An interesting breed of applications is showing up all around these days. Yes, I’m talking about web widgets. Usually these widgets provide an alternative interface for an existing website. Let’s see how this software category emerged.
Widgets exist for a long time now. I dare to say that they exist since the first windowed UI appeared. These were the so called widget toolkits. I’m talking about things like the X Window System (20 years old) and, on a higher level, Motif. How are the new widgets any different from its predecessors?
First, they’re web based. That means that they feed from the web. They use data from public web resources, like RSS based content. Second, they don’t offer basic functionality because that’s already available on the operating system. Instead, they are interfaces to already existent web resources.
These new widgets appear in two styles:
- desktop widgets: Yahoo! Widgets and OSX’s Dashboard.
- web widgets: Google Gadgets, PageFlakes and Netvibes.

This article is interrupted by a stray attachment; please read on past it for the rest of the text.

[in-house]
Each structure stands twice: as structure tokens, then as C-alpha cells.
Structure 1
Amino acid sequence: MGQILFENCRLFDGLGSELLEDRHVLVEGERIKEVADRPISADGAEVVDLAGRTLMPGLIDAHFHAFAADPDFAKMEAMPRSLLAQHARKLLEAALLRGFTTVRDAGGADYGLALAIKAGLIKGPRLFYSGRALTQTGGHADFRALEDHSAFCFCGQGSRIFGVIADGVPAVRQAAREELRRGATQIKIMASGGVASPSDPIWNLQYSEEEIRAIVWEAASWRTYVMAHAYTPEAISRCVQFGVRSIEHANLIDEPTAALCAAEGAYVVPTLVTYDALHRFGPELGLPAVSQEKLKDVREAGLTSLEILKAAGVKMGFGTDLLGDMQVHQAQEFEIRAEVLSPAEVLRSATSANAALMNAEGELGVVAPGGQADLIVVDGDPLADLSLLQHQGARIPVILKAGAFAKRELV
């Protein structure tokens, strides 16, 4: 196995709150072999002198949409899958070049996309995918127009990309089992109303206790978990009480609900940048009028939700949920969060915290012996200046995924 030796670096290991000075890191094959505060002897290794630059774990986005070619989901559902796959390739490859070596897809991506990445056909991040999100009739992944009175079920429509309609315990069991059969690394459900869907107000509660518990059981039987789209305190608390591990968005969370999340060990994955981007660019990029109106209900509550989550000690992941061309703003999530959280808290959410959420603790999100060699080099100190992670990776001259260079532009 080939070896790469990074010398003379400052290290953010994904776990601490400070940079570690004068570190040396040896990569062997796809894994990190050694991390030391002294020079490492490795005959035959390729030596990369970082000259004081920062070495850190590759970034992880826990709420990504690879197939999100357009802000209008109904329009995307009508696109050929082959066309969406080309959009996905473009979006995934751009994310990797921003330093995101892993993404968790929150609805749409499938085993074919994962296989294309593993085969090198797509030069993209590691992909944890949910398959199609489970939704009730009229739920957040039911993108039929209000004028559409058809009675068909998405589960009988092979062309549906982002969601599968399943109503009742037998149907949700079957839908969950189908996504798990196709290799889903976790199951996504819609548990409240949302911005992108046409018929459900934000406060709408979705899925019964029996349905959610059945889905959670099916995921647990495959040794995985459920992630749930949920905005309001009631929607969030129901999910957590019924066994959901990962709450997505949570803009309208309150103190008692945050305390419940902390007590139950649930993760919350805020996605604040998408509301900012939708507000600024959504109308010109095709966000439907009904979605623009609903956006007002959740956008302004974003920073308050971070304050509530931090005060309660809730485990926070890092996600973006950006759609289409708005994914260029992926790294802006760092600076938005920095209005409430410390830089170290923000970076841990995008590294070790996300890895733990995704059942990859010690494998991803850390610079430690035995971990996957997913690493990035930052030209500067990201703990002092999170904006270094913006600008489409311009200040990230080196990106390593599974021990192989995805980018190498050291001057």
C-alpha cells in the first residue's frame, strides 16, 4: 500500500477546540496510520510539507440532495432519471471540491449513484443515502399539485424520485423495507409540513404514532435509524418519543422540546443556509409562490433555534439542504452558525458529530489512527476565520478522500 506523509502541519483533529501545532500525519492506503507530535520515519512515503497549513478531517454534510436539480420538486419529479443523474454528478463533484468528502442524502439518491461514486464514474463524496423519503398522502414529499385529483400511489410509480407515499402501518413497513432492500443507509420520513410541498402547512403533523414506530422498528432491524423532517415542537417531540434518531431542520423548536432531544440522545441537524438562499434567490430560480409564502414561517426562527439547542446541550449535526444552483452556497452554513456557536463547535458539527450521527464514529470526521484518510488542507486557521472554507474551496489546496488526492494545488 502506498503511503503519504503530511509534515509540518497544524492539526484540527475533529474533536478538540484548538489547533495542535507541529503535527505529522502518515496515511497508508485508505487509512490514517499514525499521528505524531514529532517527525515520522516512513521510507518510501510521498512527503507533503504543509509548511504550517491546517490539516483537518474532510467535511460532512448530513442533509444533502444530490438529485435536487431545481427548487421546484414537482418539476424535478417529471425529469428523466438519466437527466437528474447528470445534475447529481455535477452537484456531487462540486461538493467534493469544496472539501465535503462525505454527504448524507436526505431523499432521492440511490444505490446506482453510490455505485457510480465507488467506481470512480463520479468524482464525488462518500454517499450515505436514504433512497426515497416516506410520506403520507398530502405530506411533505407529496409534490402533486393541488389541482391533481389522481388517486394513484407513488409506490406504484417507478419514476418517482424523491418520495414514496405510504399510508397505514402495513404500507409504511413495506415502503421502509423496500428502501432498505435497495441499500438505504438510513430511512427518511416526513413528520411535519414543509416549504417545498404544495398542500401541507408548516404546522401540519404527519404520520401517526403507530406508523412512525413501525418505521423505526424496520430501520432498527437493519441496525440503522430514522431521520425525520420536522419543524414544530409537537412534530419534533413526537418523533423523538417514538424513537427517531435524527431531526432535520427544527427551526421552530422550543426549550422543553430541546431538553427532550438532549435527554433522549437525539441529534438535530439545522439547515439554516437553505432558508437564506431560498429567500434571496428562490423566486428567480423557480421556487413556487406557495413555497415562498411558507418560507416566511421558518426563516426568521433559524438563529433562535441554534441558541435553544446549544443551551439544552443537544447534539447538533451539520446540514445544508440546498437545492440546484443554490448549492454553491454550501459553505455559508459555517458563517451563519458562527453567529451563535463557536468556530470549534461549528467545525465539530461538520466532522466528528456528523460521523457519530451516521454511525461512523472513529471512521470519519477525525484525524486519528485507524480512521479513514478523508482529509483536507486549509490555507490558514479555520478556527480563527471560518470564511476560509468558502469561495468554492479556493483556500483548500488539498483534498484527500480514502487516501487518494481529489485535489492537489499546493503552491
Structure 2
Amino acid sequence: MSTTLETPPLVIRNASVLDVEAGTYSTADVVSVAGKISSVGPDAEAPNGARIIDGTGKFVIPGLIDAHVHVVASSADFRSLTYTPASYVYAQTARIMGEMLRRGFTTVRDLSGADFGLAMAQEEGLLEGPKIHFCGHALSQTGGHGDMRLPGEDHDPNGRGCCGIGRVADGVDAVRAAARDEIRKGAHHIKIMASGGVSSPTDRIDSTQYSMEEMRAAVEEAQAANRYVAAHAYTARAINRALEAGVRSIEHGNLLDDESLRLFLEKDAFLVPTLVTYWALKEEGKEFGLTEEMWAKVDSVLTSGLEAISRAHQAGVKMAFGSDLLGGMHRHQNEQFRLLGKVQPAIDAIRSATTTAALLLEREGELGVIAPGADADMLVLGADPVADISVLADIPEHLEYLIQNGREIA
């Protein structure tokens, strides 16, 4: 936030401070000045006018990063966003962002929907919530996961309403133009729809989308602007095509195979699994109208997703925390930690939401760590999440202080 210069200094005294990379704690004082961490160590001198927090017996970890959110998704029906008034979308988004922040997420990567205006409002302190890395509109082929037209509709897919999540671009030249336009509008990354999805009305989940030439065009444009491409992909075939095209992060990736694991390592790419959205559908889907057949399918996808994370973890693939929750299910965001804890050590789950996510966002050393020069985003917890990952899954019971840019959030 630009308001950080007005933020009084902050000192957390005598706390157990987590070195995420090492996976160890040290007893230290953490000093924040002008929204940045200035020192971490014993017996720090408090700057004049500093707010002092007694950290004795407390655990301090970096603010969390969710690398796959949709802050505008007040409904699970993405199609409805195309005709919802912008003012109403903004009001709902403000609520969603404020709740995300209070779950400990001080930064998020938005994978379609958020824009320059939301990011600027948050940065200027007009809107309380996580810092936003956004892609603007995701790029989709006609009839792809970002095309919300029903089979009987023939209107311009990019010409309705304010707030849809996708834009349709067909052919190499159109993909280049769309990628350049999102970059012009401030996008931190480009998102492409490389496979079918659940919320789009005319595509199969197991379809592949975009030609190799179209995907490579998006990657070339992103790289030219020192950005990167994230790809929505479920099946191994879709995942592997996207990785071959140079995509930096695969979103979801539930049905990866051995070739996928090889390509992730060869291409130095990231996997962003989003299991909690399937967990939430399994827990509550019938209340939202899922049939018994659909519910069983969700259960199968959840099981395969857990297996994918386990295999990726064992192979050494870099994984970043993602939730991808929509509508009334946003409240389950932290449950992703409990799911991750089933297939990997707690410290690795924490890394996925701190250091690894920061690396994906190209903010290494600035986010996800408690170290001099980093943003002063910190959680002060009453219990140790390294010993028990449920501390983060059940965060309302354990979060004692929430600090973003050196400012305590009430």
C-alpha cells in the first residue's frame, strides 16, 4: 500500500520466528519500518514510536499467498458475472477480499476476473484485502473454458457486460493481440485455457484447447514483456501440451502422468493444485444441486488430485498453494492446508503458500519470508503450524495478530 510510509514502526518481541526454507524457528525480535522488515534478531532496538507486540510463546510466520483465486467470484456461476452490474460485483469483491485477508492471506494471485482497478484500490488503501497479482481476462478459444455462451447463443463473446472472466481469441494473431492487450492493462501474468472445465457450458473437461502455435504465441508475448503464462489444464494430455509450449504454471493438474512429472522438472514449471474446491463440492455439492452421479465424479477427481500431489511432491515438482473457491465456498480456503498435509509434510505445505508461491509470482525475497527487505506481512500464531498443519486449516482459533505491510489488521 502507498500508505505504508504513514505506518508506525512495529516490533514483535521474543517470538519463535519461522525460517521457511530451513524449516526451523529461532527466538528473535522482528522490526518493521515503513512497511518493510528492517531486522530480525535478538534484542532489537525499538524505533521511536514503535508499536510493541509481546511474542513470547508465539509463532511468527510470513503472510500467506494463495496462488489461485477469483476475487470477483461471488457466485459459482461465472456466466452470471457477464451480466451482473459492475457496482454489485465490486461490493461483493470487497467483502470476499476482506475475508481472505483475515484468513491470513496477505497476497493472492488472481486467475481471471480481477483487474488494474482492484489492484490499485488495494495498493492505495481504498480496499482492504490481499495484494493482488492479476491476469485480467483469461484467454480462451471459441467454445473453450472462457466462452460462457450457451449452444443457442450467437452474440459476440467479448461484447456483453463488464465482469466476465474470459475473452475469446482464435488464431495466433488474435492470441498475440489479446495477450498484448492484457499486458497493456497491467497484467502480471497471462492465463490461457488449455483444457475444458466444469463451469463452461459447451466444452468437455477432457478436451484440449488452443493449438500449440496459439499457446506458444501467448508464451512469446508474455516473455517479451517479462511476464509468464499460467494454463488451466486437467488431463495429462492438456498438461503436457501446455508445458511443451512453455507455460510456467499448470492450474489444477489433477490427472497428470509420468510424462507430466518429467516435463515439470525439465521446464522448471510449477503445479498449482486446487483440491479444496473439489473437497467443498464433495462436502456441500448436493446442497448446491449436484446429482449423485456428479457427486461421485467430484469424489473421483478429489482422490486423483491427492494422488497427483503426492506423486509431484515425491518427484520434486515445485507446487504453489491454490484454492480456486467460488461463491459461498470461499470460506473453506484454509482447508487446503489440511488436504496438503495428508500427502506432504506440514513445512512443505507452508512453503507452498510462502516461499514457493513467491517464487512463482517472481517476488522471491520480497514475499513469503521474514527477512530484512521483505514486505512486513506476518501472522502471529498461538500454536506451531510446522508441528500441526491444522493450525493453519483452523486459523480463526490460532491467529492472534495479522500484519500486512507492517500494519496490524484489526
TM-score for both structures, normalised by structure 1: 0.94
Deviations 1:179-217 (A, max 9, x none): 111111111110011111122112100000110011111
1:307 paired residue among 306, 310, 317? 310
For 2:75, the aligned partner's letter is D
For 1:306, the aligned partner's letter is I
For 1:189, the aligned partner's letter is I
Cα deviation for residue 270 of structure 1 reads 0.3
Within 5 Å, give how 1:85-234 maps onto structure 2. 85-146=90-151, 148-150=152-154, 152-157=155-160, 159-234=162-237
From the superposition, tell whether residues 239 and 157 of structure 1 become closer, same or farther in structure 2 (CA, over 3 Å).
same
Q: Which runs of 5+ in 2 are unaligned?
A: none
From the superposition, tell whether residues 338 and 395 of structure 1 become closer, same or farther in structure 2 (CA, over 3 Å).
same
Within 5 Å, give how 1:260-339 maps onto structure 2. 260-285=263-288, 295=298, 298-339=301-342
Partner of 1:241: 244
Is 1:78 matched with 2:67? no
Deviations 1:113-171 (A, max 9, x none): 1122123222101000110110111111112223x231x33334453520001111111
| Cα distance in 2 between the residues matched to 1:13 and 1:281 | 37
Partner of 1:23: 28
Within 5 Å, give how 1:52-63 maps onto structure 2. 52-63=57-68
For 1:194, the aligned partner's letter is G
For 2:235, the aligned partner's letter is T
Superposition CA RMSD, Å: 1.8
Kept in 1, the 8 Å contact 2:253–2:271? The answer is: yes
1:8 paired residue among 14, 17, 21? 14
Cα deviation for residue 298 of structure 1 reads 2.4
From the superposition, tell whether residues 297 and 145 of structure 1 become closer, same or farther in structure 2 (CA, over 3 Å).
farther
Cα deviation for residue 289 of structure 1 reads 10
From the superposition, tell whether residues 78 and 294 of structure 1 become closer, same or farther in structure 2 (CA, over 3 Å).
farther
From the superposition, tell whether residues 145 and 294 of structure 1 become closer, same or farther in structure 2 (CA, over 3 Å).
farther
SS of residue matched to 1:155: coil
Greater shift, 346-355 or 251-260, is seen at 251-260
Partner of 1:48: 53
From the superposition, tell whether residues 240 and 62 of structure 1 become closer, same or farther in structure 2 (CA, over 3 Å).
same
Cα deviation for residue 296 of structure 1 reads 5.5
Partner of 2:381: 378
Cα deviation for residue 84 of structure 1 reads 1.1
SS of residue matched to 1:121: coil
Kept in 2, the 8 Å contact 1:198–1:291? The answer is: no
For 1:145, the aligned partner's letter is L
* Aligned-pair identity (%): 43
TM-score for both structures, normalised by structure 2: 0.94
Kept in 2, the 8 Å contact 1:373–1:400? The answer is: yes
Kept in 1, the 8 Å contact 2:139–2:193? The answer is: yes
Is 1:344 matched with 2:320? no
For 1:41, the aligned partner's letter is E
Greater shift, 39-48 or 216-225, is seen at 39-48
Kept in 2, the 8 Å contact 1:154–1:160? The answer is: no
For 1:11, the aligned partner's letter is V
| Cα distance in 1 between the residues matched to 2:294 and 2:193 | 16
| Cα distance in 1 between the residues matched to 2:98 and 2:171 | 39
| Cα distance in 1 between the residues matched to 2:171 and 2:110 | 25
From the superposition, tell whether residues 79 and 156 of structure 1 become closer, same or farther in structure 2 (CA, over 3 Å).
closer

They might look identical in functionality but they run on two very different worlds. The desktop lets you run heavier software (you download and install it once), so you probably have more complex widgets running there. On the web everything has to be light and quick, so you probably have smaller and more specific widgets.
One interesting thing about widgets is that, most of the time, they don’t talk to each other. They let you consume information from the web but don’t interact with each other. Probably because different people develop them and there isn’t yet a standard (the W3C has just published the Widgets 1.0 Working Draft) for widget interaction.
If you’re interested and want to find out more there’s even a Widgipedia.